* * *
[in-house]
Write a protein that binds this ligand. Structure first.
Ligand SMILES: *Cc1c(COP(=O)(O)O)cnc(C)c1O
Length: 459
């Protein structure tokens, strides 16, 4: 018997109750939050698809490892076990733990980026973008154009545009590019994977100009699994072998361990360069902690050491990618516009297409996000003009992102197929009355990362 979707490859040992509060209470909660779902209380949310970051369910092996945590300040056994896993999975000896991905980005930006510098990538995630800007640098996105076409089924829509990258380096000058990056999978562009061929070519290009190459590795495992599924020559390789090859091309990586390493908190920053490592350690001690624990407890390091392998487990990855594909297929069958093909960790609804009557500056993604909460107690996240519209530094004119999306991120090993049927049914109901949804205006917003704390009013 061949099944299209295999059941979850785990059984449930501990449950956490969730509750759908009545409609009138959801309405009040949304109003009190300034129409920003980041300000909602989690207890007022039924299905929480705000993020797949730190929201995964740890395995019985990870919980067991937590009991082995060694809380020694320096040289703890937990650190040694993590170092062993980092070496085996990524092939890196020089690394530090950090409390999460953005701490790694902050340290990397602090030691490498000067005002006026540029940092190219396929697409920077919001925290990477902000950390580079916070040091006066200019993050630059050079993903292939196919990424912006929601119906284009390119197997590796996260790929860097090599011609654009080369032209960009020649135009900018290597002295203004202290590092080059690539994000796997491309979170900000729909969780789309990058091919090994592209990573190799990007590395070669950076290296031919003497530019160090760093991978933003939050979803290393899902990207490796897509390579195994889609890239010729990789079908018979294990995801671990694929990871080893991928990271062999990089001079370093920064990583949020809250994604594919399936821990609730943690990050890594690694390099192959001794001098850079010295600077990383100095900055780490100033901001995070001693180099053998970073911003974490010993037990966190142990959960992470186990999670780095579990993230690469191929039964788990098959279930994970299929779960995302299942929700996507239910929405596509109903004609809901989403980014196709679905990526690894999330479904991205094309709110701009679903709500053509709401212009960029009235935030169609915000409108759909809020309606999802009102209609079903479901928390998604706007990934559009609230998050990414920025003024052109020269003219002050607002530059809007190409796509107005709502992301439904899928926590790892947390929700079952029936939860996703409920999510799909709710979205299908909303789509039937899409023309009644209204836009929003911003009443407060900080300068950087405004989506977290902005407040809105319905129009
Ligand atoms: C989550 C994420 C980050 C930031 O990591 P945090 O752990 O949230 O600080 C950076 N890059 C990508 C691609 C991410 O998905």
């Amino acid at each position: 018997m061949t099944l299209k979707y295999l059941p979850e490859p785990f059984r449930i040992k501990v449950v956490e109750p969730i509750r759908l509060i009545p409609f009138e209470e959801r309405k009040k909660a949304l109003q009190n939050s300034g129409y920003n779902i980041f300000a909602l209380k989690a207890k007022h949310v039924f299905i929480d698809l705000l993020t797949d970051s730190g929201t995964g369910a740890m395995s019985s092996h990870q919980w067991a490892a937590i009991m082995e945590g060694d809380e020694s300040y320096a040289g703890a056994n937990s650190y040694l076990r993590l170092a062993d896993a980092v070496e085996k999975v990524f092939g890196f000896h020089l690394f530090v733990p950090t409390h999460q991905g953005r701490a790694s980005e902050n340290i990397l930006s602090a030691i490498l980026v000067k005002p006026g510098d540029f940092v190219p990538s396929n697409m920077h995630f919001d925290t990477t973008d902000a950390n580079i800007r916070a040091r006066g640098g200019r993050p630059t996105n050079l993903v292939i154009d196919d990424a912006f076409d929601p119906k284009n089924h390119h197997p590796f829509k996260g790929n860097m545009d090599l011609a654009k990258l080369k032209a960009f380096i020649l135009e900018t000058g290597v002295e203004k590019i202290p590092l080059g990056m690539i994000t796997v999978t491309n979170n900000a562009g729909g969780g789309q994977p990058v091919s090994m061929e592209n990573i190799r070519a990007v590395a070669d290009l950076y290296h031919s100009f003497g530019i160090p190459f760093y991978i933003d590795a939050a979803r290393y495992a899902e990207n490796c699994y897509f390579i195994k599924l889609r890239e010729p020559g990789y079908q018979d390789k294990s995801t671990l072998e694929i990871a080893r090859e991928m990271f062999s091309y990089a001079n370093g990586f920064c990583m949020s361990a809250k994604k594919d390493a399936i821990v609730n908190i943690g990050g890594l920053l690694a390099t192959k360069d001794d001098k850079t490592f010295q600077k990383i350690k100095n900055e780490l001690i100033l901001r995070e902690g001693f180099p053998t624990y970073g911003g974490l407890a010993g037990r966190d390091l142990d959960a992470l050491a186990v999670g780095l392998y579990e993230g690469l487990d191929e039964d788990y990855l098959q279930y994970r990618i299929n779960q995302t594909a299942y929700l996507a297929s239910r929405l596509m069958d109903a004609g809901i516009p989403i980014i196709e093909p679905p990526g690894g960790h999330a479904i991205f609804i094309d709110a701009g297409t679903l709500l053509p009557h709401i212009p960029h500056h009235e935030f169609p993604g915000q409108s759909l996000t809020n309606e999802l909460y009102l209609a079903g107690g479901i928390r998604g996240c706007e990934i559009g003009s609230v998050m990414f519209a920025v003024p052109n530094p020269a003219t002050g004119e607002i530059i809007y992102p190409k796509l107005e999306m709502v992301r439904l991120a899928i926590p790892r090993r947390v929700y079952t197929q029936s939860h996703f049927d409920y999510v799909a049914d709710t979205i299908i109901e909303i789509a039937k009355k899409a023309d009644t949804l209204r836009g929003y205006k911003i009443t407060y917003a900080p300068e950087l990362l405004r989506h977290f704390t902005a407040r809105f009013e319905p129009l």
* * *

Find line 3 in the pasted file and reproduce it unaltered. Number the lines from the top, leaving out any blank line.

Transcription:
Ligand SMILES: *Cc1c(COP(=O)(O)O)cnc(C)c1O